How is this deck so good? It turns out that Delver decks (or more broadly, Blue tempo decks) and have opposite matchup profiles, and you can change roles to play as whatever deck your opponent doesn't want to face. Against GW Depths or Death and Taxes, you're a deck. Against Delver, you're a UB tempo deck that swings the pseudo-mirror with a pile of es and (postboard) . Against Delver in Game 1, you can even on Dragon to make sure your s can take over the game. I don't think there's a deck that's actively good against both Delver and , at least with in the picture. No. Bad. Matchups.

It's nice that the two gameplans, while looking incongruent at first glance, actually have a ton of little synergies that let the deck play a lot more smoothly than it might appear to do on paper. Here's a few examples:

  • gets pumped whenever an instant or sorcery leaves your graveyard. 's resolution exiles all remaining cards from your graveyard and library, meaning that your s get pumped by however many instants and sorceries leave your graveyard at the time of resolution.

  • 's body functions nicely for the fair game plan, and is innately a 2-for-1 as your opponent expends resources to (attempt to) answer both halves of the card. Meanwhile, either side effectively protects your ability to combo, and as mentioned before, Cavern on Wizard works here and with .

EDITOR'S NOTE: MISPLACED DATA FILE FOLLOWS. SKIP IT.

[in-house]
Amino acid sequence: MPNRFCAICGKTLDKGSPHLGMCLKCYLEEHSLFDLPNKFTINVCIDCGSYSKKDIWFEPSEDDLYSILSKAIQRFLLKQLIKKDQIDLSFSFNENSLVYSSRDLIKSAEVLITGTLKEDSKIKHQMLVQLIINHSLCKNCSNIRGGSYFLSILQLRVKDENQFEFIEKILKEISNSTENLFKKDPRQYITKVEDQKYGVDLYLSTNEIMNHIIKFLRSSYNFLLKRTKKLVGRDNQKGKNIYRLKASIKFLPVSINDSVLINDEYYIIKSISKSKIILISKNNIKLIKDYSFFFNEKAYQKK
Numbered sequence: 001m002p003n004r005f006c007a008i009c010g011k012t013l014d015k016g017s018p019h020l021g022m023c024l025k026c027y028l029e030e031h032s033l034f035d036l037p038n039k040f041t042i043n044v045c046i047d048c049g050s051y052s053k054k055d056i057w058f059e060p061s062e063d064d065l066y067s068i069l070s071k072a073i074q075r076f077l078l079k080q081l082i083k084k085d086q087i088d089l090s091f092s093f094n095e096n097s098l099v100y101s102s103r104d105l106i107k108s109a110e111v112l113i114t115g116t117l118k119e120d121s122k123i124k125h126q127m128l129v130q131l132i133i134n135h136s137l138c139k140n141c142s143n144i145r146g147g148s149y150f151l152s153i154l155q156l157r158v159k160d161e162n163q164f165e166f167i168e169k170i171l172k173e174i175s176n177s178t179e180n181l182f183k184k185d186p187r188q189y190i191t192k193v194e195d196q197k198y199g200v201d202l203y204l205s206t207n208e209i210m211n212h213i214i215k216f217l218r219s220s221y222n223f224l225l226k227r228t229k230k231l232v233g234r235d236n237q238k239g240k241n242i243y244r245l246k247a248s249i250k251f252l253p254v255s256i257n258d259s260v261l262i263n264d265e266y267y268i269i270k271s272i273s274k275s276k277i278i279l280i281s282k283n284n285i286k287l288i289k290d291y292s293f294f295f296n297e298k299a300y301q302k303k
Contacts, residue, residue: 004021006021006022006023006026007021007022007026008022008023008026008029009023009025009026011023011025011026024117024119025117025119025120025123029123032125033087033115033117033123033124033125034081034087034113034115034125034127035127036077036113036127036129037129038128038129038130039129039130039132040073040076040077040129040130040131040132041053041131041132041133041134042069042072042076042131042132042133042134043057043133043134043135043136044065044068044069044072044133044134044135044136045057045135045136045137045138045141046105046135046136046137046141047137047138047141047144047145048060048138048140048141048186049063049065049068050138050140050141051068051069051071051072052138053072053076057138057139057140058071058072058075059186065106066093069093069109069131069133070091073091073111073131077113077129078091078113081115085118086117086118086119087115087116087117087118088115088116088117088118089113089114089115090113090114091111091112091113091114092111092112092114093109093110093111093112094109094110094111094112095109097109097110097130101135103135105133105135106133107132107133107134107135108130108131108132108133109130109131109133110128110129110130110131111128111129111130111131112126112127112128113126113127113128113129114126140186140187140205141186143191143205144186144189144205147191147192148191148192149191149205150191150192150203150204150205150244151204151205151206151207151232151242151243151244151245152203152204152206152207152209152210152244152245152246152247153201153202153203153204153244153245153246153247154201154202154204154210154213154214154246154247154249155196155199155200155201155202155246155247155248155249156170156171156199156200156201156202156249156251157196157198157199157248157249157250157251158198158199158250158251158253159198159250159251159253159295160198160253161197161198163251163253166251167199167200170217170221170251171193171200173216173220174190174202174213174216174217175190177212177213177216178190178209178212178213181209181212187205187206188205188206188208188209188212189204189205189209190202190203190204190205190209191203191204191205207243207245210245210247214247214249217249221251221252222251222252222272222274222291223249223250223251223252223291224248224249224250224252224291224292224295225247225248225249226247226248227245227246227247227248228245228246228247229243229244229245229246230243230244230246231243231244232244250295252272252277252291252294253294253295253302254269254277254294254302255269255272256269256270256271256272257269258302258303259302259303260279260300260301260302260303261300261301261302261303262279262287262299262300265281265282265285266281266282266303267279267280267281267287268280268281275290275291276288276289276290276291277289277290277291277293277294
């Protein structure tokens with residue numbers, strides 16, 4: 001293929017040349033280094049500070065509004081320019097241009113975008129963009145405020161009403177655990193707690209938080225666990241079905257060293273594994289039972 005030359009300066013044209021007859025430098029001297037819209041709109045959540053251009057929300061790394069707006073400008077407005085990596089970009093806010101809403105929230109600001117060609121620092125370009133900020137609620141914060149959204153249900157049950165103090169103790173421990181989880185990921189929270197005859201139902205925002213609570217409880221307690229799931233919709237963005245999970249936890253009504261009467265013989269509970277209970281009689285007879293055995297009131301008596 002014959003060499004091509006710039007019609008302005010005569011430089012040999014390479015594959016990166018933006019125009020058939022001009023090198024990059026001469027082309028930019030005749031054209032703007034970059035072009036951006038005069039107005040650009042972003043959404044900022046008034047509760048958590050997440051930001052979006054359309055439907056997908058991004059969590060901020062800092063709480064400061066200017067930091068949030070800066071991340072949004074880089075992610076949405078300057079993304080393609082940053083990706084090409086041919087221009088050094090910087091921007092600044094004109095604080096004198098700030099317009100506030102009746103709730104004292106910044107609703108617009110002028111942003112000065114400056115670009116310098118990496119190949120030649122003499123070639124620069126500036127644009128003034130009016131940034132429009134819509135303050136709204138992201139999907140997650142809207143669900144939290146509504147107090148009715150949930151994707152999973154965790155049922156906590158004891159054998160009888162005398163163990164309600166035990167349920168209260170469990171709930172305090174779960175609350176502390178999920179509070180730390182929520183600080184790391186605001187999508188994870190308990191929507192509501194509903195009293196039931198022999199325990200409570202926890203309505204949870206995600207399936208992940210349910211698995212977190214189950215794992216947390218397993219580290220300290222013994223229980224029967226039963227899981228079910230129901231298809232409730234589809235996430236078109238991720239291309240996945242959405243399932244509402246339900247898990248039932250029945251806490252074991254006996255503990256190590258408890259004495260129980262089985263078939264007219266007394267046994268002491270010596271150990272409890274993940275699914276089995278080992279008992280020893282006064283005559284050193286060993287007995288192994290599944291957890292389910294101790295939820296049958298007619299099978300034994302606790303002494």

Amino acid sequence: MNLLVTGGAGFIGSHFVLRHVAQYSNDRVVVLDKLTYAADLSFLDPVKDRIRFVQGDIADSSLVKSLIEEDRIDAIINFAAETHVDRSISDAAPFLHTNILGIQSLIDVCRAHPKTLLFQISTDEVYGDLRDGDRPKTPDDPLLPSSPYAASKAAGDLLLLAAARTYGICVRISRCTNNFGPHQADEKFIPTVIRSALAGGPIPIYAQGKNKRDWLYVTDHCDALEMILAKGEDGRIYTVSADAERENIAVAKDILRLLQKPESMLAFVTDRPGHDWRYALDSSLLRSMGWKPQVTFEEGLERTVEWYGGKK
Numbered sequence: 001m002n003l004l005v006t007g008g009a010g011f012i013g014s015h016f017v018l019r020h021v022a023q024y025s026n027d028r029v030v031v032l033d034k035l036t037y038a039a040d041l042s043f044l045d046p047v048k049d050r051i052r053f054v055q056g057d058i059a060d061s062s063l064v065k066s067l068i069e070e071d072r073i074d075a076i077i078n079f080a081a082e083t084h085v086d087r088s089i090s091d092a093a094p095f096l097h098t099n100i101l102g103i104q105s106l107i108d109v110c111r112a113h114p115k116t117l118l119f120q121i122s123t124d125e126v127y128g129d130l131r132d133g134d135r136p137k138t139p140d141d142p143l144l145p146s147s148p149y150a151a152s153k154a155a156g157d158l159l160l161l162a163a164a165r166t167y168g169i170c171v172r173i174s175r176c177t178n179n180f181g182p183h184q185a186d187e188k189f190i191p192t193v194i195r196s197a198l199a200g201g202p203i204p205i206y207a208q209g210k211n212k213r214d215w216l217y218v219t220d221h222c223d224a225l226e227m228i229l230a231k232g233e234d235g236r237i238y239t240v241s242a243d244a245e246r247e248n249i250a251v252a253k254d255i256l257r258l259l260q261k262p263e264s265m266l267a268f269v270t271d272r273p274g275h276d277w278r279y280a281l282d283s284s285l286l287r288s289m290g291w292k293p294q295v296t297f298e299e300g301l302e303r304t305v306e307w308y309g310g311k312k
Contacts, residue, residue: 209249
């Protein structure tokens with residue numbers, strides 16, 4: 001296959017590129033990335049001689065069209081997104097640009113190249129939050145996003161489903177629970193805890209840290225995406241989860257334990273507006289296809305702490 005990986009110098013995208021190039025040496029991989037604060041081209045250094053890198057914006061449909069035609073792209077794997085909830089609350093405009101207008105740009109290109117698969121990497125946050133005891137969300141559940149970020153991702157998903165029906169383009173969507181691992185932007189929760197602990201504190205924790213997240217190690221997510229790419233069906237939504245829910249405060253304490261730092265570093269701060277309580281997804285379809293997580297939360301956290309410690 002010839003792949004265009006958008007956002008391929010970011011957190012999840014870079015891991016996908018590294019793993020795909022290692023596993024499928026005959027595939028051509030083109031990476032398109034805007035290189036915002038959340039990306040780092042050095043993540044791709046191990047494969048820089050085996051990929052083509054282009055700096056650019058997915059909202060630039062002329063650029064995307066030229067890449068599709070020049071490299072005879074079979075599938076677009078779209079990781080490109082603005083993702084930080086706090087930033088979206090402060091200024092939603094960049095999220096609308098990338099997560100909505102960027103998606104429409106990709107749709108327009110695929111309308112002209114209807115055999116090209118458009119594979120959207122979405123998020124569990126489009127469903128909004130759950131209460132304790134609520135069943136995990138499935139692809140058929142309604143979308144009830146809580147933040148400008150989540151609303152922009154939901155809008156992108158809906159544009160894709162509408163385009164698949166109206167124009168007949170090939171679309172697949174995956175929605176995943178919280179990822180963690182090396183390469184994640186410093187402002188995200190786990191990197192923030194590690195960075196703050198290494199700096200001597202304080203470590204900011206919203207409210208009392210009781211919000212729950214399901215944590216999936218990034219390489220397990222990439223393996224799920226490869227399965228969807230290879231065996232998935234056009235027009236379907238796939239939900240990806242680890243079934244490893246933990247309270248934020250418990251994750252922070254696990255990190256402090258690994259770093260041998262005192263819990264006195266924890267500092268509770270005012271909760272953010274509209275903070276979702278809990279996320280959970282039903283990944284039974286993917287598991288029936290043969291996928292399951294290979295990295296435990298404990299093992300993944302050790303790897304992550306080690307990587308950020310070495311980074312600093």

• can turn a into a lethal threat before your opponent gets a turn, and can be either set up by or by casting and stacking your library. At this point, you stack a couple on top of your pile and still have the as a contingency plan.

  • also allows you to build functional piles that beat (since y exiles itself) and draw limiters like (since you're taking extra turns and not drawing extra cards). To play around , for instance, a pile of , , , , casts with an empty library and only 2 cards in your graveyard.

  • The extra devotion granted by your creatures means that you can often play a with extra cards in the library and still win through potential removal.

Card Choice Rundown

This deck is still pretty early in its development, but I'll give a rundown of the cards I think you can reasonably include and the reasoning behind them (sorted by mana cost, low to high)


  • 17-18 lands: Everyone's playing 17, but decks usually play 1-2 too few lands in the early stages of their development, and I can't see why this would be an exception.

  • 4 and 4 : They're legal. Come on now.